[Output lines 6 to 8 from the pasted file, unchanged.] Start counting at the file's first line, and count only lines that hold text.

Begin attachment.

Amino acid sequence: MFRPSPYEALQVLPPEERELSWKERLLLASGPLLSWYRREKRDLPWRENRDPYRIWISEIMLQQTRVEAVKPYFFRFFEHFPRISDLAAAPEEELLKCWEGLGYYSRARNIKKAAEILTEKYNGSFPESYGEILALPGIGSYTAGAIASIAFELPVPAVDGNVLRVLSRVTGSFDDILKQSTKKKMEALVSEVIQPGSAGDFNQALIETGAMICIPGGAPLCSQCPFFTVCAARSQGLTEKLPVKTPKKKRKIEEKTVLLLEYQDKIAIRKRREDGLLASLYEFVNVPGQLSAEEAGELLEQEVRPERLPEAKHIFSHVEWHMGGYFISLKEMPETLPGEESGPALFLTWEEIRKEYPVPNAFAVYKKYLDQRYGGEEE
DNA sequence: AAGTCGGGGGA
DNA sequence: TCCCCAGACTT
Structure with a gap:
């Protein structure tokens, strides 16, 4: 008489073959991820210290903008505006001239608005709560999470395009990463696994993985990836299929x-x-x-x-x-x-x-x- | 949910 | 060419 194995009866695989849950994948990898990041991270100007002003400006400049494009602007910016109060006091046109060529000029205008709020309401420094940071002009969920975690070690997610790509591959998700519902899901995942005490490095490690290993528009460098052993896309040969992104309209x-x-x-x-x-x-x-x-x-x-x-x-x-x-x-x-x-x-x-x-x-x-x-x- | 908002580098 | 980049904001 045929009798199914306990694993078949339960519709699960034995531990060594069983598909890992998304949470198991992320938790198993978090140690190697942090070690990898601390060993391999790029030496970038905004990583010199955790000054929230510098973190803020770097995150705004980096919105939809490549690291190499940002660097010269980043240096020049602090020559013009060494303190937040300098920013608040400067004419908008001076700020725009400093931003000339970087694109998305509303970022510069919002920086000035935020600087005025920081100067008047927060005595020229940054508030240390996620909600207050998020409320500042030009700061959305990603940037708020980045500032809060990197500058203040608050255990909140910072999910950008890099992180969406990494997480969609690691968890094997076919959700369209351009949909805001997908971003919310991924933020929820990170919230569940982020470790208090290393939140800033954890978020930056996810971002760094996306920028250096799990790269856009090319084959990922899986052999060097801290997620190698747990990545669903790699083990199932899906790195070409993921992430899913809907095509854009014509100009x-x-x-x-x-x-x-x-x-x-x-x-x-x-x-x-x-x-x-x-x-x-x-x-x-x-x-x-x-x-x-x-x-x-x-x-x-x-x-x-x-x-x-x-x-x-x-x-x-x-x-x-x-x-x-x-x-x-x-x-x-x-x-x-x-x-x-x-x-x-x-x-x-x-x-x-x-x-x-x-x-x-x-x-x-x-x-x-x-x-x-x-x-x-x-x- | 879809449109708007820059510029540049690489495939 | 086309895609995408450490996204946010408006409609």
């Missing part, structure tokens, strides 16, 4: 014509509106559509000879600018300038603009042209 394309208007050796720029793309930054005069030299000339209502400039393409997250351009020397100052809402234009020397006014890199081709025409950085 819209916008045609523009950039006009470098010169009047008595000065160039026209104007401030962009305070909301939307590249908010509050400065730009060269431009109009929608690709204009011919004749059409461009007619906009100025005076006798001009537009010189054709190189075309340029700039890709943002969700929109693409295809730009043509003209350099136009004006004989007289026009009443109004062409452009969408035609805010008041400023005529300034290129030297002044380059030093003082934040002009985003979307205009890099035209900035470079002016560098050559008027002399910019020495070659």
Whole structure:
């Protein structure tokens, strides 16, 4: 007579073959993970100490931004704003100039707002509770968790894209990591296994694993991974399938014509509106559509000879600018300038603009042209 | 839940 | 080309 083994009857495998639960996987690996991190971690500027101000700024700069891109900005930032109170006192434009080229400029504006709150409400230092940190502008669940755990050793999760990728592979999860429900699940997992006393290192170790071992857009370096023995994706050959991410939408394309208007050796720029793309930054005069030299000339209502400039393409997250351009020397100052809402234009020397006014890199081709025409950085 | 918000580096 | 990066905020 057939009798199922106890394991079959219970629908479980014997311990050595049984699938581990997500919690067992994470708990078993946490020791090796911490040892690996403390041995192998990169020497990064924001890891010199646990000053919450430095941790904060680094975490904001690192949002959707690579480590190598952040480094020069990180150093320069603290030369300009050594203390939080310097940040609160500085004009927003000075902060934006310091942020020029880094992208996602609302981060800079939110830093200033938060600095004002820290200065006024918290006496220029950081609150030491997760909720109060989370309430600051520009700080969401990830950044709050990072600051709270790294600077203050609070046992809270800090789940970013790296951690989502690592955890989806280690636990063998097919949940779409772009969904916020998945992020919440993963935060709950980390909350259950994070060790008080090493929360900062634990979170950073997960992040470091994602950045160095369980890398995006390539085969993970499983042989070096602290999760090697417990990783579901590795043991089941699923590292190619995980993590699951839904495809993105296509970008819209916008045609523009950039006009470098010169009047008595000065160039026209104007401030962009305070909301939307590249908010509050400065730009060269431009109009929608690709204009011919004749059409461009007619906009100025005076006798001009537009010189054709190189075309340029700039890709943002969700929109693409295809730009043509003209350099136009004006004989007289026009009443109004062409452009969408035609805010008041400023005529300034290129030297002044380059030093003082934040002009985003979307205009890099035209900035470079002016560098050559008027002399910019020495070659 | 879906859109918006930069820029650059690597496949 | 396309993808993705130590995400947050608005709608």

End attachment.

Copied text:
């Missing part, structure tokens, strides 16, 4: 014509509106559509000879600018300038603009042209 394309208007050796720029793309930054005069030299000339209502400039393409997250351009020397100052809402234009020397006014890199081709025409950085 819209916008045609523009950039006009470098010169009047008595000065160039026209104007401030962009305070909301939307590249908010509050400065730009060269431009109009929608690709204009011919004749059409461009007619906009100025005076006798001009537009010189054709190189075309340029700039890709943002969700929109693409295809730009043509003209350099136009004006004989007289026009009443109004062409452009969408035609805010008041400023005529300034290129030297002044380059030093003082934040002009985003979307205009890099035209900035470079002016560098050559008027002399910019020495070659």
Whole structure:
């Protein structure tokens, strides 16, 4: 007579073959993970100490931004704003100039707002509770968790894209990591296994694993991974399938014509509106559509000879600018300038603009042209 | 839940 | 080309 083994009857495998639960996987690996991190971690500027101000700024700069891109900005930032109170006192434009080229400029504006709150409400230092940190502008669940755990050793999760990728592979999860429900699940997992006393290192170790071992857009370096023995994706050959991410939408394309208007050796720029793309930054005069030299000339209502400039393409997250351009020397100052809402234009020397006014890199081709025409950085 | 918000580096 | 990066905020 057939009798199922106890394991079959219970629908479980014997311990050595049984699938581990997500919690067992994470708990078993946490020791090796911490040892690996403390041995192998990169020497990064924001890891010199646990000053919450430095941790904060680094975490904001690192949002959707690579480590190598952040480094020069990180150093320069603290030369300009050594203390939080310097940040609160500085004009927003000075902060934006310091942020020029880094992208996602609302981060800079939110830093200033938060600095004002820290200065006024918290006496220029950081609150030491997760909720109060989370309430600051520009700080969401990830950044709050990072600051709270790294600077203050609070046992809270800090789940970013790296951690989502690592955890989806280690636990063998097919949940779409772009969904916020998945992020919440993963935060709950980390909350259950994070060790008080090493929360900062634990979170950073997960992040470091994602950045160095369980890398995006390539085969993970499983042989070096602290999760090697417990990783579901590795043991089941699923590292190619995980993590699951839904495809993105296509970008819209916008045609523009950039006009470098010169009047008595000065160039026209104007401030962009305070909301939307590249908010509050400065730009060269431009109009929608690709204009011919004749059409461009007619906009100025005076006798001009537009010189054709190189075309340029700039890709943002969700929109693409295809730009043509003209350099136009004006004989007289026009009443109004062409452009969408035609805010008041400023005529300034290129030297002044380059030093003082934040002009985003979307205009890099035209900035470079002016560098050559008027002399910019020495070659 | 879906859109918006930069820029650059690597496949 | 396309993808993705130590995400947050608005709608």